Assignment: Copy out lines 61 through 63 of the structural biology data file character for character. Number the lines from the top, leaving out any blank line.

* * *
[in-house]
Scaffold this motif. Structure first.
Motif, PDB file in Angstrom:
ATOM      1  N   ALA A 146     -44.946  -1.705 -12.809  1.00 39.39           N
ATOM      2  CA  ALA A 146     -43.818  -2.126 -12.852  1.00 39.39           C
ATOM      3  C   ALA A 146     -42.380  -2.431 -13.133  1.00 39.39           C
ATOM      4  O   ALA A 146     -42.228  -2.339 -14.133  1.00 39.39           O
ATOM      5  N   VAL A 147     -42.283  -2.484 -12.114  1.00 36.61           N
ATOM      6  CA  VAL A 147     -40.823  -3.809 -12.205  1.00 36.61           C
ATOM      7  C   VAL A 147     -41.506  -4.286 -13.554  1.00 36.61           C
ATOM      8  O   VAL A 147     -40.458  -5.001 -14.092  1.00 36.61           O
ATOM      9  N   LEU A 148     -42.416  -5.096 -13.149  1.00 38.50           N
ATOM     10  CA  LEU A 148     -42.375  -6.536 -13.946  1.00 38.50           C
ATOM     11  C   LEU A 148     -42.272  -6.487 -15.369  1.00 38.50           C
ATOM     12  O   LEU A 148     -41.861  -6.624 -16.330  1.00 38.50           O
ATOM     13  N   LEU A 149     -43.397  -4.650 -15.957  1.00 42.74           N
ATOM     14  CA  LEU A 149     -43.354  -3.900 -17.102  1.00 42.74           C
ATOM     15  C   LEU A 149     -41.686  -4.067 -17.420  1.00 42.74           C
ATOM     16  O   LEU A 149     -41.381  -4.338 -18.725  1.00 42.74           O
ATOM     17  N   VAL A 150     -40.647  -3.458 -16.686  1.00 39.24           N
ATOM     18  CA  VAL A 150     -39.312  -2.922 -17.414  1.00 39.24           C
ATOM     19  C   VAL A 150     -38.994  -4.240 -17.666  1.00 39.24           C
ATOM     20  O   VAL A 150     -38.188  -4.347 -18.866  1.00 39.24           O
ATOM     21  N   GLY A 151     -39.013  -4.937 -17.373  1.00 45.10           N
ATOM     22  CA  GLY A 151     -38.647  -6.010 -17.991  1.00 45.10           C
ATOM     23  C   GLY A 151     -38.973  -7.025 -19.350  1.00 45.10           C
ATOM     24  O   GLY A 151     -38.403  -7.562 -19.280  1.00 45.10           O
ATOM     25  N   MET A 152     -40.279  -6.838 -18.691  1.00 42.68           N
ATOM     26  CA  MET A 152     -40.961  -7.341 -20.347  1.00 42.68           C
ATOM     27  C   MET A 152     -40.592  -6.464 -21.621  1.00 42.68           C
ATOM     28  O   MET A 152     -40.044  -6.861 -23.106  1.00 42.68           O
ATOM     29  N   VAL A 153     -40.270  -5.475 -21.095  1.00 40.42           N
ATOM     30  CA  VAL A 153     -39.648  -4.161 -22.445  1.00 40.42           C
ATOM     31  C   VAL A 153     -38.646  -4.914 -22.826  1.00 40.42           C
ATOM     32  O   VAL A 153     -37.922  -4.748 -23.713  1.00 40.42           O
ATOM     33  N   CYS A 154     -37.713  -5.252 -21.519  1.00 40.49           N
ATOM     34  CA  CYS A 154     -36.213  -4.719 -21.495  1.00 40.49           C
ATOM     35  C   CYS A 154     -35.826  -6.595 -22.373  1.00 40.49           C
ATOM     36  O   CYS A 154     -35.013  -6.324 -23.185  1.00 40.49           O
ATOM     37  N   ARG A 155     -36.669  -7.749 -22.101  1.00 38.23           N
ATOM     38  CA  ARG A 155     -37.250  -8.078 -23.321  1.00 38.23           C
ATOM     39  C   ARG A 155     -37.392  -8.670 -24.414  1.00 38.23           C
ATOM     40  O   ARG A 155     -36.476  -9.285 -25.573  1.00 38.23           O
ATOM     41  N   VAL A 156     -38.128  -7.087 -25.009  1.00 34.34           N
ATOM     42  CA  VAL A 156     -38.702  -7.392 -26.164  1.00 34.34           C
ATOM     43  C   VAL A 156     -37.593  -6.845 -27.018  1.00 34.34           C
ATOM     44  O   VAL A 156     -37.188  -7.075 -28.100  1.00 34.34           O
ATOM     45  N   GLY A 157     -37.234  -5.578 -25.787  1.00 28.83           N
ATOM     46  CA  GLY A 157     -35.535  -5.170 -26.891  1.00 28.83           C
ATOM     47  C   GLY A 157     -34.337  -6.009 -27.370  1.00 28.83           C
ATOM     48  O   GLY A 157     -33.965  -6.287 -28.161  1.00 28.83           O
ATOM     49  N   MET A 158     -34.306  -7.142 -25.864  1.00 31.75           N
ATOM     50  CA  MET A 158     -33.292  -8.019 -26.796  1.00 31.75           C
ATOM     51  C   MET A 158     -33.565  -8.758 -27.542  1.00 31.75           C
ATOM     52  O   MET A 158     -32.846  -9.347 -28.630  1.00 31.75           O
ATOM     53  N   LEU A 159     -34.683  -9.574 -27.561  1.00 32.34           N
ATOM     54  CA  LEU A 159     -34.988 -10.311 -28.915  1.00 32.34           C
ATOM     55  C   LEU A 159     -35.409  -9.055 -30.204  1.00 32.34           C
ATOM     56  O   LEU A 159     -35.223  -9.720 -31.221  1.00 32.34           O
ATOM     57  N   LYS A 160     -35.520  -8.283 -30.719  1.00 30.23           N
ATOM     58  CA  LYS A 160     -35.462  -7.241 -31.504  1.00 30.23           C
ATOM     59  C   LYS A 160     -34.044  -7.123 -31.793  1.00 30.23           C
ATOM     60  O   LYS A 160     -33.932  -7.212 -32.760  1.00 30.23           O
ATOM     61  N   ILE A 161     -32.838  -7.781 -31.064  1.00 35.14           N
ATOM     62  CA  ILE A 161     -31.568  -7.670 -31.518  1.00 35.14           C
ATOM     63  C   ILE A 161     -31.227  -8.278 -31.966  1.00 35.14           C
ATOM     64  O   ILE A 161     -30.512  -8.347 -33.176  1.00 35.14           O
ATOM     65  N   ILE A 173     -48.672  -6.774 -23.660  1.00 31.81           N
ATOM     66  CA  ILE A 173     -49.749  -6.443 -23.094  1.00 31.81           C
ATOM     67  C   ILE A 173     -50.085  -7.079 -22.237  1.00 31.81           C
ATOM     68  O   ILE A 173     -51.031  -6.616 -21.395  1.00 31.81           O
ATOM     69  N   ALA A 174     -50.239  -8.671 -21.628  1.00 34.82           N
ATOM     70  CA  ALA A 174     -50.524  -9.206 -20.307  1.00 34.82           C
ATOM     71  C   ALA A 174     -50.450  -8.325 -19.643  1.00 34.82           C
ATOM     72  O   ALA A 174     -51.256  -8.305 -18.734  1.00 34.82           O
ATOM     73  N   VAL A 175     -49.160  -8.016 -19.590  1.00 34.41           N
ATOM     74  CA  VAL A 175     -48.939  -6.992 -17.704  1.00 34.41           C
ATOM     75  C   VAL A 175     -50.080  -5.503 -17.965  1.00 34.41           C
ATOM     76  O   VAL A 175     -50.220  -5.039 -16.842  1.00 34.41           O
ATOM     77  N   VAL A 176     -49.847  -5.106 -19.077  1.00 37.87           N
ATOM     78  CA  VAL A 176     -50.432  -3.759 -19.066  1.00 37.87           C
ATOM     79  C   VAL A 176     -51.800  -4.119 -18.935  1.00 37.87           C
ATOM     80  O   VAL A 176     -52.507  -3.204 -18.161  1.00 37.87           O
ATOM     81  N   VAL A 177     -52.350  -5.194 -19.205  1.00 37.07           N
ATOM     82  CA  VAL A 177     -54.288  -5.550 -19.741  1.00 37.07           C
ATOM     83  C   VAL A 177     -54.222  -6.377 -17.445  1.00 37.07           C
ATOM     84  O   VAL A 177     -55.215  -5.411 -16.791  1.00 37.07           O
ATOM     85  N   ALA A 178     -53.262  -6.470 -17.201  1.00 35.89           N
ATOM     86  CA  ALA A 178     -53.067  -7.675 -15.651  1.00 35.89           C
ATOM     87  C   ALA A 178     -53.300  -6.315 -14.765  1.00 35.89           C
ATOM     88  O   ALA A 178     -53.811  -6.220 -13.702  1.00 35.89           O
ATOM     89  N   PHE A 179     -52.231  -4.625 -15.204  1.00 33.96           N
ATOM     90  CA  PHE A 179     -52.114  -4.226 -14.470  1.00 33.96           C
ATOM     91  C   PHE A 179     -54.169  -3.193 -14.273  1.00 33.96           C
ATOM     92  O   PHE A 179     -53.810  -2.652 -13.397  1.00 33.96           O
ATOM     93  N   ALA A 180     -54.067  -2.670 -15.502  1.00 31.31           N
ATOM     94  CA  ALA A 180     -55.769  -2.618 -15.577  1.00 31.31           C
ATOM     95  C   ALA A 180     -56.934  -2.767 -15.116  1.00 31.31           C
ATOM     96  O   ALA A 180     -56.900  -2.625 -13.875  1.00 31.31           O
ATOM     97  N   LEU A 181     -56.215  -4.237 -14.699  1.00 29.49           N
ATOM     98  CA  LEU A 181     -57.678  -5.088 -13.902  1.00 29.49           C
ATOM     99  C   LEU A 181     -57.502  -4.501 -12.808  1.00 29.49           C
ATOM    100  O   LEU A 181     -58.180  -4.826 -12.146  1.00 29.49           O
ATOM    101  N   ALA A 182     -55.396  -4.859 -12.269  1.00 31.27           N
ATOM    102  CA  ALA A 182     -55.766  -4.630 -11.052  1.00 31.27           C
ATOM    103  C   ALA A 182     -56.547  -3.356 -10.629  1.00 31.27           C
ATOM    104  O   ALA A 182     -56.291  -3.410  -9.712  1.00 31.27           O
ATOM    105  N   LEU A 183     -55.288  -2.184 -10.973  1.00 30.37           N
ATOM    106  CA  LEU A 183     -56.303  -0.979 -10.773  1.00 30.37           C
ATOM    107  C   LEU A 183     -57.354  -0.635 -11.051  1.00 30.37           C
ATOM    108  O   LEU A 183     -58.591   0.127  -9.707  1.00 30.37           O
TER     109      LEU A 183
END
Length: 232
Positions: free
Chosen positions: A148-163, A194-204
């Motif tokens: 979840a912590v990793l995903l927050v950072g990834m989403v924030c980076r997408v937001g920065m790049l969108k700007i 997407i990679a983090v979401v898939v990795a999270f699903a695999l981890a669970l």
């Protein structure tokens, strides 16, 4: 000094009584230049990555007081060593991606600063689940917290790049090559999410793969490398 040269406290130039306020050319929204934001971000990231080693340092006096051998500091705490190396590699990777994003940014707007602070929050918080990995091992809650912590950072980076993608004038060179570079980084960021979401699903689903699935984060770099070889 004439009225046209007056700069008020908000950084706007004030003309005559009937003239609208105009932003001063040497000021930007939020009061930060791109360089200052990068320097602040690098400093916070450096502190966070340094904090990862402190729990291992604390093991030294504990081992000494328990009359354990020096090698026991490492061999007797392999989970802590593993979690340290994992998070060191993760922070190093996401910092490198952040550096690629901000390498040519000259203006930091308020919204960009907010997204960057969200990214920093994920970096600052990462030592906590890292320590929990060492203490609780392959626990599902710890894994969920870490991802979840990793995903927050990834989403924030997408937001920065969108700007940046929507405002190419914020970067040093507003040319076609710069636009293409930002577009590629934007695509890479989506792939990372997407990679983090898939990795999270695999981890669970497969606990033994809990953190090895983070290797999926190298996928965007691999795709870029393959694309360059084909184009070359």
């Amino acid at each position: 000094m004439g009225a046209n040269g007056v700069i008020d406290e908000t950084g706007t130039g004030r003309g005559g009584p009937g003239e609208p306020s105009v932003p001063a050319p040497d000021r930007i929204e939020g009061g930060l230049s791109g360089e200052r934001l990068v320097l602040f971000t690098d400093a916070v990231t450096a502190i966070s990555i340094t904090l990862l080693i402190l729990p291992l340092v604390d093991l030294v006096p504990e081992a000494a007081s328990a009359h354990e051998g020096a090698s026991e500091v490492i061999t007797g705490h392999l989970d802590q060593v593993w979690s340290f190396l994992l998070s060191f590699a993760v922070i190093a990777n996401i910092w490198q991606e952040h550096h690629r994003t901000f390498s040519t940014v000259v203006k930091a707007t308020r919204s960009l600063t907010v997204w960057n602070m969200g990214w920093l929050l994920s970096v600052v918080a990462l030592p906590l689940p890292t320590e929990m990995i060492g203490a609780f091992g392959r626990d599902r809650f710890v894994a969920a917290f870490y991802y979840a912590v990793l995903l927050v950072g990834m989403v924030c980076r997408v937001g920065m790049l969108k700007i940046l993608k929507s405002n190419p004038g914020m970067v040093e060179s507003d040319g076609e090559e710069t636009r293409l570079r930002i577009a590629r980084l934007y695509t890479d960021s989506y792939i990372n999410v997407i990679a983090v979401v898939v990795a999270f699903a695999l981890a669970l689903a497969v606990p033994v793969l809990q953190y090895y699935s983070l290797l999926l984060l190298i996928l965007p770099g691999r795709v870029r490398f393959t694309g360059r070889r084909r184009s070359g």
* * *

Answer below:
ATOM     58  CA  LYS A 160     -35.462  -7.241 -31.504  1.00 30.23           C
ATOM     59  C   LYS A 160     -34.044  -7.123 -31.793  1.00 30.23           C
ATOM     60  O   LYS A 160     -33.932  -7.212 -32.760  1.00 30.23           O